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    Traditional Media May Win Back Ad Money Amid Unsafe Content Backlash - Analysts

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    MOSCOW (Sputnik) - Traditional media may be able to recoup some of their ad revenue losses if they take advantage of advertisers concerns’ over the ability of Internet giants like Facebook and Google to cull extremist, racist or fake content, experts told Sputnik.

    Unilever, which owns Dove, Lipton and hundreds of other brands, warned digital platforms on Monday that it may pull advertising if they fail to remove hate-inciting or divisive content. Unilever and Procter & Gamble, the world's two biggest advertising spenders, have already criticized the digital ad market over its lack of transparency and unsafe environment, and European governments have been calling on social media to get rid of poisonous content.

    A number of other platforms, including traditional media or e-commerce sites, could sway advertising executives with the promise of a safer environment for their brands, but they would struggle to match the exposure promised by Google and Facebook.

    Double Pressure

    Unilever's warning, delivered by the company's marketing chief, Keith Weed, came amid the larger clampdown on digital platforms. UK Prime Minister Theresa May demanded in September that Internet firms find a way to take down terrorism-linked materials within the first two hours after they appear online. In Germany, a law punishing social media with a fine for slow content removal went into force in October.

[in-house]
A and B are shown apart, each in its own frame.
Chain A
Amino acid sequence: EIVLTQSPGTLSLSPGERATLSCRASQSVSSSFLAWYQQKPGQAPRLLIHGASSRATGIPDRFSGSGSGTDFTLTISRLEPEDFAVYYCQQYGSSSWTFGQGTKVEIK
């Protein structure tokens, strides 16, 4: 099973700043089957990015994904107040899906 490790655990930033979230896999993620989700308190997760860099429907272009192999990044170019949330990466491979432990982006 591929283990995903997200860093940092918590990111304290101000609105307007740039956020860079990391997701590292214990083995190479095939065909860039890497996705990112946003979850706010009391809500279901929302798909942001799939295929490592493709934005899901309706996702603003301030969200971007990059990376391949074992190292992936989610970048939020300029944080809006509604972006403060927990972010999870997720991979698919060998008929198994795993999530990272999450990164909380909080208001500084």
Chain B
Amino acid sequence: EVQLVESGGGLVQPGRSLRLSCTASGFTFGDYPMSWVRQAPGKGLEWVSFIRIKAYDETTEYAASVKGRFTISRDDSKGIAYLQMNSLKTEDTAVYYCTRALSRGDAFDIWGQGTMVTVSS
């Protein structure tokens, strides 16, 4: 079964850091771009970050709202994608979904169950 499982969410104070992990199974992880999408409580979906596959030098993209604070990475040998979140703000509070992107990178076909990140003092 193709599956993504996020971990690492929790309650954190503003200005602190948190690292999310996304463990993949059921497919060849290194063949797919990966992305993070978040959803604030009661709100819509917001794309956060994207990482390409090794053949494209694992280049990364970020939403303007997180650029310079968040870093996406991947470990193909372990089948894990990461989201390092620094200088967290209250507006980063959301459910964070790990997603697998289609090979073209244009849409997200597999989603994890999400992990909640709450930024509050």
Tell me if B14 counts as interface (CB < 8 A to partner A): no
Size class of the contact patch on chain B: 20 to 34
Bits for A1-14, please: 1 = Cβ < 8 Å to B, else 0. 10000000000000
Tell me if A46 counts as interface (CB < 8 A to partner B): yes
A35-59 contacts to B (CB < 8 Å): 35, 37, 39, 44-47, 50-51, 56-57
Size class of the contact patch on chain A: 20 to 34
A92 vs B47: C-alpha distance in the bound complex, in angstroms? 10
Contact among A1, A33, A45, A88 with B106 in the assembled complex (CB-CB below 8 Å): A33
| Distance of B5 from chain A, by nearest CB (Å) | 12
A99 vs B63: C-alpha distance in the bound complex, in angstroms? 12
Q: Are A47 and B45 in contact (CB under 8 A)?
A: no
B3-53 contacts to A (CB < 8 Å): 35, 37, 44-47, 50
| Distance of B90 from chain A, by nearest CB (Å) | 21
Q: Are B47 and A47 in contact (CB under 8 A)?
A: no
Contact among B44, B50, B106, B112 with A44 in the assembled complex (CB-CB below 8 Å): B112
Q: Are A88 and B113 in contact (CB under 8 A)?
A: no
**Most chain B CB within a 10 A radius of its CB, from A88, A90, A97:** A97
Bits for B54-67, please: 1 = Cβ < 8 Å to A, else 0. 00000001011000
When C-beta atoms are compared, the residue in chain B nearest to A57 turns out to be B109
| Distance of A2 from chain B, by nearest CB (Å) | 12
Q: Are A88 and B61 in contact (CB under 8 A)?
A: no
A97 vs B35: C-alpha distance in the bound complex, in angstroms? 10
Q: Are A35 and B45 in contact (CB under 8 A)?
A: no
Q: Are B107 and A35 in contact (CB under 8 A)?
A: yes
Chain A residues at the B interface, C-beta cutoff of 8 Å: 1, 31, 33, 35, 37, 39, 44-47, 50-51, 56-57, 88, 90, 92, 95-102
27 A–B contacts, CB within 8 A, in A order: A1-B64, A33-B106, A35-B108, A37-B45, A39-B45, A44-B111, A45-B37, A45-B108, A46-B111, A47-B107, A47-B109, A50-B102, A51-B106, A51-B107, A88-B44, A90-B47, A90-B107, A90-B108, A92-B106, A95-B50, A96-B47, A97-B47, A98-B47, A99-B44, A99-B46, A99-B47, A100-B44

Social media have gotten better at removing extremist content and hate speech, EU Justice Commissioner Vera Jourova said in January, about 18 months after Microsoft, Twitter, Facebook and Google’s YouTube agreed to sign an EU hate speech conduct in 2016, promising to review notifications about questionable content within 24 hours.

    Nevertheless, Jourova added that there would be no "free pass" for platforms that breach EU rules on media. On Thursday, the commissioner urged the digital platforms to bring their user terms in line with EU regulations as soon as possible and berated them for taking too long.

    Traditionally Safe

    One of Facebook's and Google's competitors, Oath media company, has been quick to offer advertisers exactly what they are looking for — a safer environment. Oath, which owns the TechCrunch and HuffPost news outlet as well as Tumblr social network and many others, is a viable choice for marketing executives worried about their brands’ reputation, the company’s CEO, Tim Armstrong, said on Tuesday at the Code Media conference in California.

    READ MORE: The Adverts That Won't Go Away: The Weird and Wonderful World of 'Ghost Signs'

    Traditional media that have seen their advertising revenue decline over the last few years may have an edge over digital platforms since they have more control over the content they publish and can guarantee a safe environment for clients’ ads, Liz Miller, senior vice president for Marketing at global marketing professionals’ network CMO Council, told Sputnik.